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With one-dollar raise in pocket, lawmaker sets sites on living wage

by Jordan Green

Noting the “bittersweet” victory of a 10-year quest to raise the minimum wage by a dollar, NC Rep. Alma Adams set forth a more ambitious goal for raising the standard of living for the state’s poorest workers: implementing an across-the-board living wage pegged at $12.32 per hour.

Adams, who represents Guilford County in the NC House, called the minimum wage raise “a small but significant step” during remarks at Bennett College on July 21. Both houses of the General Assembly passed the measure, and Gov. Mike Easley has promised to sign it into law.

“For thousands of working poor families in Guilford County and those throughout North Carolina who earn a minimum wage of $5.15 this one dollar increase will perhaps mean the difference between being able to buy a loaf of bread for their children and having a few more dollars to help towards paying the light bill,” Adams said. “And while this one dollar increase will not move people out of poverty and was never intended to do that, it is a significant accomplishment and will mean an annual increase in their earnings of $2,072 which will help move these workers a bit closer to self-sufficiency.”

Adams said that while her ultimate goal is to pass a statewide living wage law, she plans to push for two interim measures during the 2007 legislative session. One step would be to create a state earned income tax credit that lessened the tax burden for low-income earners. Another would be to pass legislation indexing the state minimum wage to inflation, so employees did not depend on lawmakers to keep their wages aligned with costs.

The $12.32 living wage is based on a recommendation by the NC Tax and Budget Center, an arm of the NC Justice Center in Raleigh. The Justice Center is a non-profit anti-poverty research and litigation organization.

No state has ever implemented a living wage, according to data collected by the New York-based Living Wage Resource Center. Santa Fe, NM and San Francisco are two cities that have passed living wage ordinances.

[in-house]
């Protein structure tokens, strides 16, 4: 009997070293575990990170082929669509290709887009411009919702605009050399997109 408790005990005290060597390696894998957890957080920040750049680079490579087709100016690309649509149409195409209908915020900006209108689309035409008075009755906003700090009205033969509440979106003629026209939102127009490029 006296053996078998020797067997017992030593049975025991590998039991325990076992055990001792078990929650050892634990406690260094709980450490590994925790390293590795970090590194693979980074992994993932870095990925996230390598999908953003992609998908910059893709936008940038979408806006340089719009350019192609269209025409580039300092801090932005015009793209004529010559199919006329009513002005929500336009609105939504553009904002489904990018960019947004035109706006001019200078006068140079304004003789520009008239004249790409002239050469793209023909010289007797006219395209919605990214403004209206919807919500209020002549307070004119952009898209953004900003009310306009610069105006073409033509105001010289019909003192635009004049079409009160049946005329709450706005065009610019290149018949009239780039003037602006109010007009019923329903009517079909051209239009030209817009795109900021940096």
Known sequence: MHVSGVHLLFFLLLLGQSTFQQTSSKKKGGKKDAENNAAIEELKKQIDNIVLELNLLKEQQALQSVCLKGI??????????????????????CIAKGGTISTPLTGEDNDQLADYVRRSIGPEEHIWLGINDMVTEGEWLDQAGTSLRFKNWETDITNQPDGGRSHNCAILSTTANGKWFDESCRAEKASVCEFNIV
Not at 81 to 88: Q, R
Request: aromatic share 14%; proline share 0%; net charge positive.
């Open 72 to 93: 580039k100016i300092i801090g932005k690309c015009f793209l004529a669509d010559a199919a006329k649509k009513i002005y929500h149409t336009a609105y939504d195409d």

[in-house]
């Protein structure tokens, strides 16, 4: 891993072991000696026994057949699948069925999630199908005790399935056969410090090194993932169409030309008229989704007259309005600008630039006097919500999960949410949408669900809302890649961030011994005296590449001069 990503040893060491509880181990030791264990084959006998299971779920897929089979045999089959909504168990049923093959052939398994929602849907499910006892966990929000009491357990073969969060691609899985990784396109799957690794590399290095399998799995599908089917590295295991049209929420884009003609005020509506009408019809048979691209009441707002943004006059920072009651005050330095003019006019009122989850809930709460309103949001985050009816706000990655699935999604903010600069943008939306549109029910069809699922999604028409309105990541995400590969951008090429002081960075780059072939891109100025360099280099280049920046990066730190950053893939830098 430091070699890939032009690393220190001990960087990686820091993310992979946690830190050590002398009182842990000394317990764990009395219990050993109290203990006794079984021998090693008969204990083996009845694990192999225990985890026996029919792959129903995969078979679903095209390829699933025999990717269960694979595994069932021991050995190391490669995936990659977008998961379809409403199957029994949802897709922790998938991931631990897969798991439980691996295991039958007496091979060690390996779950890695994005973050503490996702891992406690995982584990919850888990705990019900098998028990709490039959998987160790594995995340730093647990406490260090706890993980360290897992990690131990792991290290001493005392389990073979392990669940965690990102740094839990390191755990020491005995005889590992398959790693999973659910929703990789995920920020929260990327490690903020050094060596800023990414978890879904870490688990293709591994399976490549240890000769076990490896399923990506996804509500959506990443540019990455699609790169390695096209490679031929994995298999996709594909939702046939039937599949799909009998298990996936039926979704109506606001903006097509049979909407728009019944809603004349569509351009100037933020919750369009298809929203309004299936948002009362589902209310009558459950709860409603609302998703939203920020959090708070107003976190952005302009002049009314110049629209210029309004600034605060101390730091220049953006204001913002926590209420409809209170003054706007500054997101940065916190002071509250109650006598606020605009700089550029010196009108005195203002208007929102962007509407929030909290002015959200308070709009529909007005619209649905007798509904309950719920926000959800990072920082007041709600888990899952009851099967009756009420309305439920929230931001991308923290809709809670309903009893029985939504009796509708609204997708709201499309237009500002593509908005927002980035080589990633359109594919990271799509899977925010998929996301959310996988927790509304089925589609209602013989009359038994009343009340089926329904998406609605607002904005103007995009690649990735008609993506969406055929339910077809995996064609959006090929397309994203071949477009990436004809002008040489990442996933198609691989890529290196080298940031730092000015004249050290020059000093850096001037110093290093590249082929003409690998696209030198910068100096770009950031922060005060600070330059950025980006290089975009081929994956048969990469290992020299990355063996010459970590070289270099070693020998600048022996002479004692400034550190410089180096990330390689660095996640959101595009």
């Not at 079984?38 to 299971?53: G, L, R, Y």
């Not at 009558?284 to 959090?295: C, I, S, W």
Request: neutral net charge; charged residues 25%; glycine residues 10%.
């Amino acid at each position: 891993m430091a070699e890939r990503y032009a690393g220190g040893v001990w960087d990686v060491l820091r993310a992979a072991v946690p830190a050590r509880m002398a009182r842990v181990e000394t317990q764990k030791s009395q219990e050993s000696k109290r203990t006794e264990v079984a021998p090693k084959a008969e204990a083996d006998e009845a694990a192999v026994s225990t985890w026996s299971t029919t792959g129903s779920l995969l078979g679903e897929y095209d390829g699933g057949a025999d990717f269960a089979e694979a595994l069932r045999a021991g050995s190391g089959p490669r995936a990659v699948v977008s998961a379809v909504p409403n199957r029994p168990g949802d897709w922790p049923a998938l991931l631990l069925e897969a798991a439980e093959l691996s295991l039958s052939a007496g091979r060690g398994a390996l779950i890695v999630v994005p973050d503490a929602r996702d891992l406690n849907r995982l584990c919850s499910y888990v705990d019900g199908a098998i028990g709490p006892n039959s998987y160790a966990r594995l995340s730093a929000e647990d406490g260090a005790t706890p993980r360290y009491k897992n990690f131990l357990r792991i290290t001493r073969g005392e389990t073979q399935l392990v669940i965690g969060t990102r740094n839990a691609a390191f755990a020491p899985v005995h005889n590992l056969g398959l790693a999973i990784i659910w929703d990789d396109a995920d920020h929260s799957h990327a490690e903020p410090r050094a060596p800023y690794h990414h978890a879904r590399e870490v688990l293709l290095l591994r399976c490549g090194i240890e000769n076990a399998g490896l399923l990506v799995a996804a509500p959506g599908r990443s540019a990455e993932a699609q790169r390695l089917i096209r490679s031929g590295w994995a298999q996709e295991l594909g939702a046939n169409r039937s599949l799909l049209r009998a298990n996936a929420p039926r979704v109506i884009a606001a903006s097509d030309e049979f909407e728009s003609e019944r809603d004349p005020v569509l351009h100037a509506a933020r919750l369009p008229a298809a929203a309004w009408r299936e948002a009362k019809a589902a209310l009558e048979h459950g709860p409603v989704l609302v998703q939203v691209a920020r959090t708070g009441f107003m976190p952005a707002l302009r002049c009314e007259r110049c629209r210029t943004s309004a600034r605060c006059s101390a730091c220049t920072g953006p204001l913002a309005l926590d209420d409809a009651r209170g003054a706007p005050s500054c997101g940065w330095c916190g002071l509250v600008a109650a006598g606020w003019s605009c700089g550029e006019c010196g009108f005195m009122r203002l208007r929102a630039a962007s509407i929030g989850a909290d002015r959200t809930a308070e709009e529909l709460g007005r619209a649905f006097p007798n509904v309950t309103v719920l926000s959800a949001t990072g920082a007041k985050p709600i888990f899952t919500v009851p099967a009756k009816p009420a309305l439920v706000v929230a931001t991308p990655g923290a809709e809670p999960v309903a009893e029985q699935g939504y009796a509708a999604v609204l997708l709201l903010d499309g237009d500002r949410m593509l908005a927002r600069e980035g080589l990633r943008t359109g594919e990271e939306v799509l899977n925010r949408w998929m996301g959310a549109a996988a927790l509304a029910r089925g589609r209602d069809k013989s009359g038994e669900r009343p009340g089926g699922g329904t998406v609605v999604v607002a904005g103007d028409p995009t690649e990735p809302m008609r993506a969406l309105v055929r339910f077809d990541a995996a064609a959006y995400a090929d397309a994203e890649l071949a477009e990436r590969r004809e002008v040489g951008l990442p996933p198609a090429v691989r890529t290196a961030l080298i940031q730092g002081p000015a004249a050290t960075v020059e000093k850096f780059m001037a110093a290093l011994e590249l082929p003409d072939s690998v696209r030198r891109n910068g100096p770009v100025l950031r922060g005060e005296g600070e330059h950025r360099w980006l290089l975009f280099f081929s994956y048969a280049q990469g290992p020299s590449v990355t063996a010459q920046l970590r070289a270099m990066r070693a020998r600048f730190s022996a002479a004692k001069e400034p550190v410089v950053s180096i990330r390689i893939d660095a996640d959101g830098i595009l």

Adams acknowledged that her state-level effort is one amongst a wide proliferation of efforts across the country to raise wages through government regulation. Among them is an effort led by retired Greensboro lawyer Jim Boyett to place a referendum before Greensboro voters that would establish a citywide minimum wage of $8.50. At the national level, Senate Democrats are pushing for an increase in the federal minimum wage.

“I have met with a couple people working on this effort in Greensboro and am very happy to help with that effort,” Adams said. “You have to educate people. When you’re stomach’s not growling, you probably don’t understand. So I say the more the merrier.”

Sorien Schmidt, legislative director of the Justice Center, added: “The reason there are so many campaigns is because it’s a popular idea. It’s widely understood that people need to make more money. Instead of it being a dilution, I think it should be looked at as an idea whose time has come.”

Adams noted that the minimum wage increase passed with bipartisan support, and that NC Treasurer Richard Moore played an instrumental role in blunting conservative resistance through his outreach to state business leaders.

She largely sidestepped a question about how pro-business Democrats and their Republican colleagues might be persuaded that a living wage of $12.32 would serve their interests.

“We’re not going to get there in one jump,” Adams said. “Hopefully it won’t take another ten years. People want to work. These are not people who are just standing around on the street corner.”

To comment on this story, e-mail Jordan Green at jordan@yesweekly.com

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